Norway Day 2: The Curse of the Dolphins

An early start this morning as it could be a big day. The Democratic Voice of Burma are one of the favourites for the Nobel Peace Prize along with Liu Xiaobo, the political dissident currently jailed in China for his lifelong peaceful struggle for freedom and democracy in China. We get to theoffice just after 7am and Norwegian TV NRK1 are already doing the first interviews of the day. The announcement to be made live on TV from here in Norway by the Norwegian Nobel Committee is due at 11.00am so a tense few hours to fill until then… well, actually no, it’s just another day in the office as TV and radio broadcasts need to be prepared but with more and more media turning up throughout the morning there is hope around that this time we won’t be undone by the dolphins (‘The Cove’ beat ‘Burma VJ’ to the Oscar – ed).


As the countdown to the announcement approaches, there are several film crews, photographers and journalists in the office waiting to hopefuly catch the moment that DVB wins the Nobel Peace Prize. Deputy Executive Director, Khin Maung Win, is interviewed live on NRK TV just before the announcement is made before all our eyes are firmly fixed to the TV screen while the watching TV and photographers’ cameras and firmly fixed on us. And the winner is… damn those pesky dolphins.

Liu Xiaobo, the  Chinese intellectual, writer, and human rights activist who called for democratic reforms and the end of one-party rule in China is one of the most deserved winners of the Nobel Peace Prize in years. He has served as President of the Independent Chinese PEN Center since 2003 but is currently serving as a political prisoner in China. On 8 December 2008, Liu was detained in response to his participation with Charter 08. He was formally arrested on 23 June 2009, on suspicion of “inciting subversion of state power.” He was tried on the same charges on 23 December 2009 and sentenced to eleven years’ imprisonment and two years’ deprivation of political rights on 25 December 2009. Now during his 4th prison term he is awarded the Nobel Peace Prize, thus becoming the second detained Nobel Peace Prize Laureate. When is the world going to wake up to this?

As the world’s media slowly slip away from the office it’s back to work and just another day in the office, but naturally some reflection on what might have been. Just to be recognised as the front runner for such an award is an incredible achievement and shows just how vital the work done by DVB and all undercover journalists in Burma is. The rest of the day is spent documenting a day in the life of DVB and more meetings and planning, before heading to the airport to catch a plane to Bergen, where tomorrow I’ll be meeting former political prisoners who are now living there and hearing their stories. Win or bust the show must go on.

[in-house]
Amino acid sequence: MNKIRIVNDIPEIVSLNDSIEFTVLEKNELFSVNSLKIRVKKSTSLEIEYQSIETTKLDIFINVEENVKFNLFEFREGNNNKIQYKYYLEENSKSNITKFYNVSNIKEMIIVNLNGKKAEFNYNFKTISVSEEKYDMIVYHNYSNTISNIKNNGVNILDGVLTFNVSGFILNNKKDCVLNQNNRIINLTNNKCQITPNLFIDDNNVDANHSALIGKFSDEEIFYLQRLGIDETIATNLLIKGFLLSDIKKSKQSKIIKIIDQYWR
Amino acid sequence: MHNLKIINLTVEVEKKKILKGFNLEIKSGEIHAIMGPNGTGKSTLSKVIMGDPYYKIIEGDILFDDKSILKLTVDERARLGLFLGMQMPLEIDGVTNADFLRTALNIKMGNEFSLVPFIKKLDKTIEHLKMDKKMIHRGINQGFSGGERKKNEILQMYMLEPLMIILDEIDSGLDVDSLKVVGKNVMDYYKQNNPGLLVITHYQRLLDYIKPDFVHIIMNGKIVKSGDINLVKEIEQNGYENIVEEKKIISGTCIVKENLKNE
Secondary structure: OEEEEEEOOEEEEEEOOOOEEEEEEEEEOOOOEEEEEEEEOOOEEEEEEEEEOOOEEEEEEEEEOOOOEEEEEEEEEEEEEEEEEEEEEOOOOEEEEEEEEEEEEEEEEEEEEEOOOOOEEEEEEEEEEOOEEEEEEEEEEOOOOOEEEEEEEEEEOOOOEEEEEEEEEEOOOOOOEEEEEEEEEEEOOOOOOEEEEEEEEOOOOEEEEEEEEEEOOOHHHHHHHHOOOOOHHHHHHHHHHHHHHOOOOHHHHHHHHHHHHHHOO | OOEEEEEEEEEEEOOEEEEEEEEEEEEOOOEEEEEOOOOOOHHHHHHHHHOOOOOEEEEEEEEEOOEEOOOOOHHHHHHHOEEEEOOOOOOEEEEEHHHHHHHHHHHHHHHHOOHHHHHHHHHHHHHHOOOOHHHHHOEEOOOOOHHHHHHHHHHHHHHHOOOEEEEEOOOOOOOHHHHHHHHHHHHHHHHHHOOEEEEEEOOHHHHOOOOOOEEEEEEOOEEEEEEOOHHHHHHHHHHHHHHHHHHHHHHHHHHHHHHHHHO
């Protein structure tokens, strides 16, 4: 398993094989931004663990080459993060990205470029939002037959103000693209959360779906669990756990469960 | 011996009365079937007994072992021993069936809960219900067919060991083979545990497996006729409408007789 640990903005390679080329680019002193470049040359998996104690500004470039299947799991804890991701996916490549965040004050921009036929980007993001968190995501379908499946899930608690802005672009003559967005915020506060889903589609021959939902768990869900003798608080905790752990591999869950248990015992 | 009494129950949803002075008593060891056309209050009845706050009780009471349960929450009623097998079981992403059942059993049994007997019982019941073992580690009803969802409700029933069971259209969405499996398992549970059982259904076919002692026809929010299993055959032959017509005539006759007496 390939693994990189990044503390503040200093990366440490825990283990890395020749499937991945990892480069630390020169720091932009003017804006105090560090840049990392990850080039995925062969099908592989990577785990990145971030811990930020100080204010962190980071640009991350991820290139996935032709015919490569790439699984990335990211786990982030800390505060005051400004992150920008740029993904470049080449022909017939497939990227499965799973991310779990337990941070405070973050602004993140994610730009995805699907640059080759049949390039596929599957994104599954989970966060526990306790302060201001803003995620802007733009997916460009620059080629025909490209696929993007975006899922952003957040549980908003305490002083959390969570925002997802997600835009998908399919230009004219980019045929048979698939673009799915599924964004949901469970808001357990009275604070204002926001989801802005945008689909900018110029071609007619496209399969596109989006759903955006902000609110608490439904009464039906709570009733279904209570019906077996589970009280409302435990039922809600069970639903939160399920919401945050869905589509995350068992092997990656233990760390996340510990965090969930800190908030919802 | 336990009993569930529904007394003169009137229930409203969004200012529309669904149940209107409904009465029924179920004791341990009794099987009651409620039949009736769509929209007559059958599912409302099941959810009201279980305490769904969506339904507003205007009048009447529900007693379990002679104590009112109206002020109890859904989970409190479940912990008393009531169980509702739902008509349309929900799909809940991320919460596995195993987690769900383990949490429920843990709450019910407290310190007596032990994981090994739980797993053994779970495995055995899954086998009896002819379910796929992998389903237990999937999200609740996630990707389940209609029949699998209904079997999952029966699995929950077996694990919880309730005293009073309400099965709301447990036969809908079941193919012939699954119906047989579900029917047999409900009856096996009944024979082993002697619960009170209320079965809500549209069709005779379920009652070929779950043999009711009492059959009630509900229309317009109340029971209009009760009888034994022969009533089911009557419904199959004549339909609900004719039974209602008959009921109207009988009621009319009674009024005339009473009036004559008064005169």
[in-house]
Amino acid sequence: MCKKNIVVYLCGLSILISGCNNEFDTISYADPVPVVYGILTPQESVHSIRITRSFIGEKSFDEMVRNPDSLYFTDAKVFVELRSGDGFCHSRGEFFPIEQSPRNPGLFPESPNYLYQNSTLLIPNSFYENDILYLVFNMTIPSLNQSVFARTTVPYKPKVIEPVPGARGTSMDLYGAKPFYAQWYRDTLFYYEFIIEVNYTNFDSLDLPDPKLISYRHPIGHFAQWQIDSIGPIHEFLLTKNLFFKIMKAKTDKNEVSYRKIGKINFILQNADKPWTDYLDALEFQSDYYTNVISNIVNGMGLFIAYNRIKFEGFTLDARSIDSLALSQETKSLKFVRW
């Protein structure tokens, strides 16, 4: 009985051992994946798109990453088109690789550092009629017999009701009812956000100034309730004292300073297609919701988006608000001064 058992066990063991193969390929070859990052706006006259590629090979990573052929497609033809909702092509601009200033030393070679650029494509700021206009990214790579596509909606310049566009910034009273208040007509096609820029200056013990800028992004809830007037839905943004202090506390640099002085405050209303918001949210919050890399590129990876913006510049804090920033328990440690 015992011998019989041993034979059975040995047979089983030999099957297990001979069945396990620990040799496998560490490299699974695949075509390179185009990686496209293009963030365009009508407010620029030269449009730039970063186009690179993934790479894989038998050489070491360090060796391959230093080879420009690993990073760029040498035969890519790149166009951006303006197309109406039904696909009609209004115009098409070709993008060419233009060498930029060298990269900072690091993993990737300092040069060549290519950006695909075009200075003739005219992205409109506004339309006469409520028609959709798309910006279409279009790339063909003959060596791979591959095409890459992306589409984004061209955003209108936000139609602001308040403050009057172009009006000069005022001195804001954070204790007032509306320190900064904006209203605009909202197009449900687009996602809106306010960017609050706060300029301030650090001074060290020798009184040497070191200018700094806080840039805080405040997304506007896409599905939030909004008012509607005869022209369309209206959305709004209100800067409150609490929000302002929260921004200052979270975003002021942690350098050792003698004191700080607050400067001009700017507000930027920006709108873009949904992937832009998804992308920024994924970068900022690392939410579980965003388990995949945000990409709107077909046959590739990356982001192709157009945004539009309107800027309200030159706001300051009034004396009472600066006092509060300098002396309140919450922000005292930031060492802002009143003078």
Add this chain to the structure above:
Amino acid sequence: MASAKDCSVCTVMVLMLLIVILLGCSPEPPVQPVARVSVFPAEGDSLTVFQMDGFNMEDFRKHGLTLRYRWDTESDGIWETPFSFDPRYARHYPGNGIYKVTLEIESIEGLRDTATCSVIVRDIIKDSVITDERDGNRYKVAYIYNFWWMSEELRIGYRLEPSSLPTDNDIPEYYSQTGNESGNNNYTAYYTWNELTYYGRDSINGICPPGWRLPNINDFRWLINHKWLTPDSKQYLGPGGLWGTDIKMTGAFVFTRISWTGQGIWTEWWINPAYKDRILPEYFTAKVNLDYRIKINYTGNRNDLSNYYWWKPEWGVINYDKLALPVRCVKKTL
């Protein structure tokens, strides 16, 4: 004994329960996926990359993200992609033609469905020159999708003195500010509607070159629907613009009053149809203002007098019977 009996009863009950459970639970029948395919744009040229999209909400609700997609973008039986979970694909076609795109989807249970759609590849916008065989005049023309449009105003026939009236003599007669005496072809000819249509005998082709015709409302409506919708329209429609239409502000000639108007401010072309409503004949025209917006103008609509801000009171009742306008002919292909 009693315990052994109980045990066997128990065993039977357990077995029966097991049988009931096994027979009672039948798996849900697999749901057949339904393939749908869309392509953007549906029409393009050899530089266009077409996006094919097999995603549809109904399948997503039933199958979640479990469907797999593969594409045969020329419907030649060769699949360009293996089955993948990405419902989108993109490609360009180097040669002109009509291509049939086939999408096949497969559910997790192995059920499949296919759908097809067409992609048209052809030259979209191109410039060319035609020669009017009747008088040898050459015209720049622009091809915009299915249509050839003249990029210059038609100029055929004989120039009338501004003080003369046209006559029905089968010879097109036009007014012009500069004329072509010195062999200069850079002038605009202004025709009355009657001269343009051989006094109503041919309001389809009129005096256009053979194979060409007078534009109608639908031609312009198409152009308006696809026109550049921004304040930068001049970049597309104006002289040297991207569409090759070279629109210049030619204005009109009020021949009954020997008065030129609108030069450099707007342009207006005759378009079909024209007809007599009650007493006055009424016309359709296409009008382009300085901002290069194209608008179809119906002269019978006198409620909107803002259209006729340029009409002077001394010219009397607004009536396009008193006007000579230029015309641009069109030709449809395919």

Norway Day 1: Norway & Nobel – A Perfect Blend

After a summer recess longer than even the politicians can manage, we are finally back on the road. A great feeling. Back doing what we do best. Not that we’ve just been sitting around enjoying the sun – far from it in fact, as the last few months have seen Amnesty International launch a major campaign for political prisoners using our work and saw us photograph the British Deputy Prime Minister. But all this time the really important work has been continuing in the background – can’t reveal what yet but one day we will. Justice will prevail.

The Democratic Voice of Burma (DVB) in Oslo, Norway

An early start as we’re Oslo bound (again) for a catch up with friends plus meetings at DVB before flying to Bergen on Saturday to meet with Ma Kaythi Aye, Ko Cho Cho Tun and the many other former political prisoners living there. A quick three day trip before the election to keep the pressure up and it started in the usual rush of near missed buses, trains and flights but we got here in the end. The only major hiccup was whisky. Not the blend – just too much whisky. But this time not a drop was drunk and my over exuberance got the better of me and as I strolled through customs in Oslo airport I was pulled aside and asked to explain what I was doing with 4 bottles of whisky? The simple answer “I’m Burmese” didn’t wash. A £100 fine and 3 bottles confiscated was not the start I was looking for. Now how are we going to celebrate winning the Nobel Peace Prize tomorrow?

DVB broadcasts TV and radio programmes back into Burma

We finally made it to the office and it was great to see everyone again. An afternoon chatting and planning and the usual friendly family atmosphere and just time for some relaxed shots around the office as the day unfolds – no portraits or work documenting today as we’ve already photographed the former political prisoners here in Oslo and at DVB last year. A relaxed evening spent with friends at Ma Thida’s apartment and her kind hospitality ahead of the big announcement of the Nobel Peace Prize tomorrow – another reason why we are here. DVB are one of the main contenders if the stories are to be believed and 19 years after Daw Aung San Suu Kyi was awarded hers it couldn’t come too soon for DVB. Naturally I am biased but it would be an extraordinarily worthwhile victory if it was to be awarded to them – a timely victory at the very least as the elections are now exactly 1 month away. I am lucky to be here and even luckier to be able to work with them. Keep your fingers crossed and tune in to the announcement live as a webcast on the Nobel website.

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